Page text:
A brown hat with the text "LDH consulting services" next to it.

Tip of the Hat

21 September 2019

Monday Mystery: Conference Information Sharing

Welcome to this week’s Tip of the Hat! It seems that spring has just arrived for many of us in the US; however, the calendar tells us that we are only weeks away from the ALA Annual Conference in Washington DC in June. Our Executive Assistant was going through the PDF registration form the other day and noticed the following question:
A text box with the following text: "Attendees may receive exciting advance information from exhibitors like invitations, contests and other hot news. COUNT ME IN!" Yes/No checkboxes are next to the last sentence.
The above question on the registration form asks if the person (or in this case, cat) wants to receive information from conference exhibitors. The Executive Assistant paused. What does checking the “Yes” box all entail? Since we’re in the data privacy business, this is a perfect Monday Mystery for us to investigate.

After a quick search of the conference website, we land on ALA’s Privacy Policy at http://www.ala.org/privacypolicy. If you haven’t spent time with a privacy policy, it can seem daunting or downright boring. Let’s walk through this policy to find out what happens when we check the "Yes" box.

The “Information Collection & Use” section lays out what information is collected and when. They define “personal data” as information that can be used to identify someone: name, email, address, etc. The section breaks down some common actions and situations when ALA collects data, including event registration. We already guessed that ALA was collecting our information for event registration purposes, but we need to dig deeper into the policy to answer our question.

We then find a section labeled "Information Sharing" in which we might find our answer! The section lists who ALA shares information with in detail, including the type of data and circumstances that the data is shared. "Services Providers" seems promising - that is until we get into the details. The data listed that is shared to service providers is mostly technical data – location data, log files, and cookies – and has nothing regarding giving information to receive updates from exhibitors. Back to square one.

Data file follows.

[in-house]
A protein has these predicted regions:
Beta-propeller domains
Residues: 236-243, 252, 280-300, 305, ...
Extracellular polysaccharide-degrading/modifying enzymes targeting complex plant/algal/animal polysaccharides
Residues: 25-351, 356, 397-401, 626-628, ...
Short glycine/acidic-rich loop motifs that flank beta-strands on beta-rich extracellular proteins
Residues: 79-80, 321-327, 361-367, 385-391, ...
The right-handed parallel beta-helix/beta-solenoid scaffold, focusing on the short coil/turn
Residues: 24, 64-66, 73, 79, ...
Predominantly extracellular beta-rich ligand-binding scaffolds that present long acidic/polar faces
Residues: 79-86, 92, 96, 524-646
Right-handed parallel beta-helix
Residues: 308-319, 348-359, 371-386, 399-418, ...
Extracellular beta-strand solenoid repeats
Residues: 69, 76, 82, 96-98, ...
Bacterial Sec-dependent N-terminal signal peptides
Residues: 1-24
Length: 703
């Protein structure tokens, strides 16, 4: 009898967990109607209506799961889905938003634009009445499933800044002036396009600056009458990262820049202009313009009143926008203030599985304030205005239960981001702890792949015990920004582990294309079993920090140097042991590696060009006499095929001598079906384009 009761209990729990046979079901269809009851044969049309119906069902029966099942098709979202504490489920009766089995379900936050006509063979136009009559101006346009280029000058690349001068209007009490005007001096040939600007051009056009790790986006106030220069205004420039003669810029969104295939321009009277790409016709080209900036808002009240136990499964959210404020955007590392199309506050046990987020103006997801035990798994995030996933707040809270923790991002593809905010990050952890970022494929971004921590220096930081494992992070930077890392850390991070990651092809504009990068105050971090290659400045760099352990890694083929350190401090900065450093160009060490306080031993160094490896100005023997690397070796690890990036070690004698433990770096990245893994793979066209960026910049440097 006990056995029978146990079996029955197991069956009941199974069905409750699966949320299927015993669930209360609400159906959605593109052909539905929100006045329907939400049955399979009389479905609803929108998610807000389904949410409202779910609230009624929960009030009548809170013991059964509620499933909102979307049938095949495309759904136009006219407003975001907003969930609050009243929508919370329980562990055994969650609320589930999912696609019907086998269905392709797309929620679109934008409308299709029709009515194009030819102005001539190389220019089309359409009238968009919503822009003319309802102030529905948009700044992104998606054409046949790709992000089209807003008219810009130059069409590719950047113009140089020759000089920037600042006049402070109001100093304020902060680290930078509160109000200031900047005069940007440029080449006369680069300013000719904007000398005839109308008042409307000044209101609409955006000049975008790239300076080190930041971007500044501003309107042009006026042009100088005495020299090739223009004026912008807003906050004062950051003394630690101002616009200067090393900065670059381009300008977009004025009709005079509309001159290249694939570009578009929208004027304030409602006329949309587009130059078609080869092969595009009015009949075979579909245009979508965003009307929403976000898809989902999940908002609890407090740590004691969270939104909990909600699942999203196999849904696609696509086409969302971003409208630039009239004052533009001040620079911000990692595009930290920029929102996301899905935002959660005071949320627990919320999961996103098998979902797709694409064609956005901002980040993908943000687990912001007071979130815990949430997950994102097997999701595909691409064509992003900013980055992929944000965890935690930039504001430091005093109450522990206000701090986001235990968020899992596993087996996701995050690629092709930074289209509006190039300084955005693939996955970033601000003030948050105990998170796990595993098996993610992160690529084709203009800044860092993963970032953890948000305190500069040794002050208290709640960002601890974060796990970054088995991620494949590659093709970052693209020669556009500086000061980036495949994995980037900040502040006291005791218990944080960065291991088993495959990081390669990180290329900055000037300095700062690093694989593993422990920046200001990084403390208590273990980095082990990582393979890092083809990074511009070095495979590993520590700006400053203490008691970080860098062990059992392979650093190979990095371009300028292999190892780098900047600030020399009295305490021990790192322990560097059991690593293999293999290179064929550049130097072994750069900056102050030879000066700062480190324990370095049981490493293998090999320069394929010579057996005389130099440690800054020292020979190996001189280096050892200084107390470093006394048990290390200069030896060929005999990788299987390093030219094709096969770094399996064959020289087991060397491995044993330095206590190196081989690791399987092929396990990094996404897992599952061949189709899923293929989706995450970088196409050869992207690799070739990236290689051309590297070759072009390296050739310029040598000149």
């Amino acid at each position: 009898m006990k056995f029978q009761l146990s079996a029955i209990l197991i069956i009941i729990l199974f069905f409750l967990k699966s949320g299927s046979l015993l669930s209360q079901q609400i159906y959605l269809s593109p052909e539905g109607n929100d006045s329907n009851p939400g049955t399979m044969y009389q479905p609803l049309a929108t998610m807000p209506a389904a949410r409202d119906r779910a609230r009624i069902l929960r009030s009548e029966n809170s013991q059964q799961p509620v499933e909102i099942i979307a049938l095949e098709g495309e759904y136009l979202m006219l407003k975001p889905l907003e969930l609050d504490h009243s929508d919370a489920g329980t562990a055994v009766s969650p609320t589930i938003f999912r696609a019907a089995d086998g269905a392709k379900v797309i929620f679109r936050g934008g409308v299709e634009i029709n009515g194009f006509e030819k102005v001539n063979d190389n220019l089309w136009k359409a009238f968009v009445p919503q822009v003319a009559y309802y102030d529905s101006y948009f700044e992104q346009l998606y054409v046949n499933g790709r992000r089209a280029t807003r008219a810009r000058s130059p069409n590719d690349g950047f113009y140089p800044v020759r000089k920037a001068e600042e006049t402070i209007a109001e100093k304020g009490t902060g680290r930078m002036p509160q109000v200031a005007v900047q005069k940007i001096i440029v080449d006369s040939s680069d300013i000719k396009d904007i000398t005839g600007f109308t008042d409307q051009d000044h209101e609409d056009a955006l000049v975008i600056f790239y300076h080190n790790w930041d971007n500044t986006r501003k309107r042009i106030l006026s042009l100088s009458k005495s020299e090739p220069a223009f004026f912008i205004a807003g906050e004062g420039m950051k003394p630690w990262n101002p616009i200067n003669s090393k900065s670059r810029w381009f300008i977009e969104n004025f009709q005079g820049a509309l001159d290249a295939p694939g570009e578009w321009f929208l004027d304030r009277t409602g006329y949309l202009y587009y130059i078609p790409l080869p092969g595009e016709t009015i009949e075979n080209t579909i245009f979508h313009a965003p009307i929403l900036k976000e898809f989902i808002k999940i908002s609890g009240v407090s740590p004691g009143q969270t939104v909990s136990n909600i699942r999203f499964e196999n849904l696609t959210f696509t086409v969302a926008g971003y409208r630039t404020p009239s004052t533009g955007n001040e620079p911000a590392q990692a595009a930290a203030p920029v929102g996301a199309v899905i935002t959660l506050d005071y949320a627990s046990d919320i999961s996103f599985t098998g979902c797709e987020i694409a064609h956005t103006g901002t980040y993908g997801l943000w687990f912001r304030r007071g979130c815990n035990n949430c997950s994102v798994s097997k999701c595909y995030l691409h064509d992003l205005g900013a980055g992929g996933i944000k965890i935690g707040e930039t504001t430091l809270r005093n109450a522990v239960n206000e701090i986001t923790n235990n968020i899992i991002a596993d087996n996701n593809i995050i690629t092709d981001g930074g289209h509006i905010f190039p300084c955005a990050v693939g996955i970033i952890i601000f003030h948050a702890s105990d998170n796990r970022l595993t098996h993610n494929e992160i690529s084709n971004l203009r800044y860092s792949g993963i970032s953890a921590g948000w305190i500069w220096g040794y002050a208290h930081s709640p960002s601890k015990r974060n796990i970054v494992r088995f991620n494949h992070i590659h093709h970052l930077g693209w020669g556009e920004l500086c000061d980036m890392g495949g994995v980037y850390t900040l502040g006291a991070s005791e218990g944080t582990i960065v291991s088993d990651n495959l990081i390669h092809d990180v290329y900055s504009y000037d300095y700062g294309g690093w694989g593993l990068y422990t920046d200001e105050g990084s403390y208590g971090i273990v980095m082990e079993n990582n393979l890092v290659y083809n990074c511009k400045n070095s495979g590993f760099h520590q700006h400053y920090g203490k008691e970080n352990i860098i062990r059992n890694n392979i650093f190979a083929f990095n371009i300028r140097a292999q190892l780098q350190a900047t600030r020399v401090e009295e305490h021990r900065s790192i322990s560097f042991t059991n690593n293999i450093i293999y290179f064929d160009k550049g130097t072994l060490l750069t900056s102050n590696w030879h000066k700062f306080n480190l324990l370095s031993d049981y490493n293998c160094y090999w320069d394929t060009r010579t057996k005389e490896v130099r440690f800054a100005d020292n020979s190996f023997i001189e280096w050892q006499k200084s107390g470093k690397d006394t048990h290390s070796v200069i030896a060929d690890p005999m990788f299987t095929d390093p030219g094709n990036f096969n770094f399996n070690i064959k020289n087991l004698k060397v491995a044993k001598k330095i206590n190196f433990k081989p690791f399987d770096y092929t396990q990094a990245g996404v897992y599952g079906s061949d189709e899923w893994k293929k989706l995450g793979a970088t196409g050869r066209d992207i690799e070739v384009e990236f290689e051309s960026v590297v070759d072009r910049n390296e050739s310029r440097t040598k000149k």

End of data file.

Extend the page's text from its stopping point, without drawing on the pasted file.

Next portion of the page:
Moving down the policy, we arrive at the "Your Rights and Choices Regarding Your Information" section, which lists the following right:

"Object to processing - You have the right to object to your Personal Data used in the following manners: (a) processing based on legitimate interests or the performance of a task in the public interest/exercise of official authority (including profiling); (b) direct marketing (including profiling); and (c) processing for purposes of scientific/historical research and statistics;"

Okay, we have the right to ask ALA not to use our personal data for marketing purposes. That's a very important right to have, though that doesn't exactly solve the mystery of what happens when we click on the "Yes" box.

This, readers, is where we are going to cheat in this investigation. It’s time to put our exhibitor hat on!

Exhibitors at major conferences are usually offered some form of registrant/member list as a means to promote their business before the conference. ALA does the same with Annual, and exhibitors can rent attendee lists. From https://2019.alaannual.org/list-rental, exhibitors have the option to “[t]arget buyers by industry segment, demographic profile or geographic area.” So, just not names and emails are shared!

On the exhibitor side, having that information would allow for targeted marketing – instead of blasting the entire attendee list, exhibitors can reach out to those most likely to be receptive to their service or product. On the attendee side, some want to have this type of targeted marketing to plan their time at the conference efficiently, or to do homework before hitting the exhibit hall. For other attendees, though, it means more emails that they’ll just delete or unsubscribe. And then there’s the question about what happens to that attendee data after the conference…

In the end, we still have a bit of a mystery on our hands. The only reason we got this far in our little Monday Mystery investigation is that LDH has been bombarded with emails trying to sell us attendee lists which tipped us off to start looking at the exhibitor section of the conference site. Your average conference attendee wouldn't have that information and would be left scratching their heads due to the lack of information at the point of registration about what information is shared on these attendee lists. While we don't have a clear answer to end today's investigation, we hope that this gives our readers a little reminder to do some research the next time they are asked a similar question on a registration form.

Speaking of ALA Annual, LDH Consulting Services is excited to announce that we will be exhibiting in DC in booth 844! Many thanks to Equinox Open Library Initiative for making exhibiting at ALA Annual possible for LDH. Give us a ping if you will be at Annual and would like to talk more about LDH can do for your organization.
Have a question or topic that you want us to write about? Email us at newsletter@ldhconsultingservices.com!
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